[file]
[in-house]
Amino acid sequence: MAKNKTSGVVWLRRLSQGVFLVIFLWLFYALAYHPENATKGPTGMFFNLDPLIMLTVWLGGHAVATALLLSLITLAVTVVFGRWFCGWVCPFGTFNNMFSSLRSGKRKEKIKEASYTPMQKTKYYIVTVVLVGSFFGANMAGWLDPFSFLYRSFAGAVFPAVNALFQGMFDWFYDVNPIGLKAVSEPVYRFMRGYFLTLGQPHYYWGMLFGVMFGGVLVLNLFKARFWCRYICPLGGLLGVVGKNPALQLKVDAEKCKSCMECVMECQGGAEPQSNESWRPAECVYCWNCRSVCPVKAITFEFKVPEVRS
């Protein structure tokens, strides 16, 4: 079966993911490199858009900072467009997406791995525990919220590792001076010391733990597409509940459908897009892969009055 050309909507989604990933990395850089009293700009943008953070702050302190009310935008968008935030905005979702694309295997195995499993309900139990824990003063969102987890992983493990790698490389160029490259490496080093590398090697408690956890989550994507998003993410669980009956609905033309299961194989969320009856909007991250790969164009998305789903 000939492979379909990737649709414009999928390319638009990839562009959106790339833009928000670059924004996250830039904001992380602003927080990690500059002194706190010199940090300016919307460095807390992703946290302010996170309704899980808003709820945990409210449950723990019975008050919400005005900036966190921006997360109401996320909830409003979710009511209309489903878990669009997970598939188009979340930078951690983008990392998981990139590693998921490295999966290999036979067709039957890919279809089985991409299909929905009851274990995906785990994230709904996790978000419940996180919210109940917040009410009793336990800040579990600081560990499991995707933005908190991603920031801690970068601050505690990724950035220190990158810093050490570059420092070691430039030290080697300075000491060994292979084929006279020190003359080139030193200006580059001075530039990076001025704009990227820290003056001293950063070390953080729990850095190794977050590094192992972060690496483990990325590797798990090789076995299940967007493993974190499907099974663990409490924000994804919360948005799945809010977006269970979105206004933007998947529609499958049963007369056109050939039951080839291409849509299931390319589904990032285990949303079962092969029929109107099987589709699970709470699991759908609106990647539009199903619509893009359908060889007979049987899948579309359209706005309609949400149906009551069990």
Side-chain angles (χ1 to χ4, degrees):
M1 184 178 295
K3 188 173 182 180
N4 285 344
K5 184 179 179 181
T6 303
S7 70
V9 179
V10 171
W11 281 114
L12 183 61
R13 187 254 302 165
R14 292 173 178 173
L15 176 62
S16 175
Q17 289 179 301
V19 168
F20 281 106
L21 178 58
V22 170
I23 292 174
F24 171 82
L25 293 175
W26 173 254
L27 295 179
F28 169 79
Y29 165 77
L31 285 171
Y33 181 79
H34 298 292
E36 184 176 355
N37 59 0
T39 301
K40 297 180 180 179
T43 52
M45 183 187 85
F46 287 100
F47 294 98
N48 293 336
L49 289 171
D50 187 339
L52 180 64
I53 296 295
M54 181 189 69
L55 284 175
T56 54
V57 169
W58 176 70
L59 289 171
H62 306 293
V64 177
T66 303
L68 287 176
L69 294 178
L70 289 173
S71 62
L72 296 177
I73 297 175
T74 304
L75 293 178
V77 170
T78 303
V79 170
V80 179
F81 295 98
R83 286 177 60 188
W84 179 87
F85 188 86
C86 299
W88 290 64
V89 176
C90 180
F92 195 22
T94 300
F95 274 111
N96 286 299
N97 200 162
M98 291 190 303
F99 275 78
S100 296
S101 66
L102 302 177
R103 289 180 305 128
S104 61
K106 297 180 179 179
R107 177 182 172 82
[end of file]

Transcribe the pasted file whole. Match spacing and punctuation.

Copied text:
[in-house]
Amino acid sequence: MAKNKTSGVVWLRRLSQGVFLVIFLWLFYALAYHPENATKGPTGMFFNLDPLIMLTVWLGGHAVATALLLSLITLAVTVVFGRWFCGWVCPFGTFNNMFSSLRSGKRKEKIKEASYTPMQKTKYYIVTVVLVGSFFGANMAGWLDPFSFLYRSFAGAVFPAVNALFQGMFDWFYDVNPIGLKAVSEPVYRFMRGYFLTLGQPHYYWGMLFGVMFGGVLVLNLFKARFWCRYICPLGGLLGVVGKNPALQLKVDAEKCKSCMECVMECQGGAEPQSNESWRPAECVYCWNCRSVCPVKAITFEFKVPEVRS
């Protein structure tokens, strides 16, 4: 079966993911490199858009900072467009997406791995525990919220590792001076010391733990597409509940459908897009892969009055 050309909507989604990933990395850089009293700009943008953070702050302190009310935008968008935030905005979702694309295997195995499993309900139990824990003063969102987890992983493990790698490389160029490259490496080093590398090697408690956890989550994507998003993410669980009956609905033309299961194989969320009856909007991250790969164009998305789903 000939492979379909990737649709414009999928390319638009990839562009959106790339833009928000670059924004996250830039904001992380602003927080990690500059002194706190010199940090300016919307460095807390992703946290302010996170309704899980808003709820945990409210449950723990019975008050919400005005900036966190921006997360109401996320909830409003979710009511209309489903878990669009997970598939188009979340930078951690983008990392998981990139590693998921490295999966290999036979067709039957890919279809089985991409299909929905009851274990995906785990994230709904996790978000419940996180919210109940917040009410009793336990800040579990600081560990499991995707933005908190991603920031801690970068601050505690990724950035220190990158810093050490570059420092070691430039030290080697300075000491060994292979084929006279020190003359080139030193200006580059001075530039990076001025704009990227820290003056001293950063070390953080729990850095190794977050590094192992972060690496483990990325590797798990090789076995299940967007493993974190499907099974663990409490924000994804919360948005799945809010977006269970979105206004933007998947529609499958049963007369056109050939039951080839291409849509299931390319589904990032285990949303079962092969029929109107099987589709699970709470699991759908609106990647539009199903619509893009359908060889007979049987899948579309359209706005309609949400149906009551069990």
Side-chain angles (χ1 to χ4, degrees):
M1 184 178 295
K3 188 173 182 180
N4 285 344
K5 184 179 179 181
T6 303
S7 70
V9 179
V10 171
W11 281 114
L12 183 61
R13 187 254 302 165
R14 292 173 178 173
L15 176 62
S16 175
Q17 289 179 301
V19 168
F20 281 106
L21 178 58
V22 170
I23 292 174
F24 171 82
L25 293 175
W26 173 254
L27 295 179
F28 169 79
Y29 165 77
L31 285 171
Y33 181 79
H34 298 292
E36 184 176 355
N37 59 0
T39 301
K40 297 180 180 179
T43 52
M45 183 187 85
F46 287 100
F47 294 98
N48 293 336
L49 289 171
D50 187 339
L52 180 64
I53 296 295
M54 181 189 69
L55 284 175
T56 54
V57 169
W58 176 70
L59 289 171
H62 306 293
V64 177
T66 303
L68 287 176
L69 294 178
L70 289 173
S71 62
L72 296 177
I73 297 175
T74 304
L75 293 178
V77 170
T78 303
V79 170
V80 179
F81 295 98
R83 286 177 60 188
W84 179 87
F85 188 86
C86 299
W88 290 64
V89 176
C90 180
F92 195 22
T94 300
F95 274 111
N96 286 299
N97 200 162
M98 291 190 303
F99 275 78
S100 296
S101 66
L102 302 177
R103 289 180 305 128
S104 61
K106 297 180 179 179
R107 177 182 172 82